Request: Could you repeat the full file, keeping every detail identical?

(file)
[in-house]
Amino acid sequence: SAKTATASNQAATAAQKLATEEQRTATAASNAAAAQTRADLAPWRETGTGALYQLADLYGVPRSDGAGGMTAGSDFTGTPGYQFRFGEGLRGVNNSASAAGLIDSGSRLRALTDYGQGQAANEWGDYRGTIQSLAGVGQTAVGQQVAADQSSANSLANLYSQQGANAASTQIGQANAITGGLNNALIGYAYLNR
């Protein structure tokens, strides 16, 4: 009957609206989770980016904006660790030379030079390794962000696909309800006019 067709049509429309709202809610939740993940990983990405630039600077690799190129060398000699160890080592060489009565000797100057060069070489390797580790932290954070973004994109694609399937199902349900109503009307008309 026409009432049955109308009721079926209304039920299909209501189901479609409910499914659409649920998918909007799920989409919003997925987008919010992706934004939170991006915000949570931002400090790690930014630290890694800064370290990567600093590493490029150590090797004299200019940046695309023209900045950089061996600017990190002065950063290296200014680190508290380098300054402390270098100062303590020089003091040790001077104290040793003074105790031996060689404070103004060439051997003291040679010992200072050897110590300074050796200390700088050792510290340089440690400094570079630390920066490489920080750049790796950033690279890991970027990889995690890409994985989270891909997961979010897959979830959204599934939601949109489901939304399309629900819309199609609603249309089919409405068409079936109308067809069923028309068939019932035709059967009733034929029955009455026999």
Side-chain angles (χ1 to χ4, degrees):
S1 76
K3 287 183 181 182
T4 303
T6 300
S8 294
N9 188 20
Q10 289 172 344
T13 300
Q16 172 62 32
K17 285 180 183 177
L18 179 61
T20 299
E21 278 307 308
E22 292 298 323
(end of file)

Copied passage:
[in-house]
Amino acid sequence: SAKTATASNQAATAAQKLATEEQRTATAASNAAAAQTRADLAPWRETGTGALYQLADLYGVPRSDGAGGMTAGSDFTGTPGYQFRFGEGLRGVNNSASAAGLIDSGSRLRALTDYGQGQAANEWGDYRGTIQSLAGVGQTAVGQQVAADQSSANSLANLYSQQGANAASTQIGQANAITGGLNNALIGYAYLNR
């Protein structure tokens, strides 16, 4: 009957609206989770980016904006660790030379030079390794962000696909309800006019 067709049509429309709202809610939740993940990983990405630039600077690799190129060398000699160890080592060489009565000797100057060069070489390797580790932290954070973004994109694609399937199902349900109503009307008309 026409009432049955109308009721079926209304039920299909209501189901479609409910499914659409649920998918909007799920989409919003997925987008919010992706934004939170991006915000949570931002400090790690930014630290890694800064370290990567600093590493490029150590090797004299200019940046695309023209900045950089061996600017990190002065950063290296200014680190508290380098300054402390270098100062303590020089003091040790001077104290040793003074105790031996060689404070103004060439051997003291040679010992200072050897110590300074050796200390700088050792510290340089440690400094570079630390920066490489920080750049790796950033690279890991970027990889995690890409994985989270891909997961979010897959979830959204599934939601949109489901939304399309629900819309199609609603249309089919409405068409079936109308067809069923028309068939019932035709059967009733034929029955009455026999």
Side-chain angles (χ1 to χ4, degrees):
S1 76
K3 287 183 181 182
T4 303
T6 300
S8 294
N9 188 20
Q10 289 172 344
T13 300
Q16 172 62 32
K17 285 180 183 177
L18 179 61
T20 299
E21 278 307 308
E22 292 298 323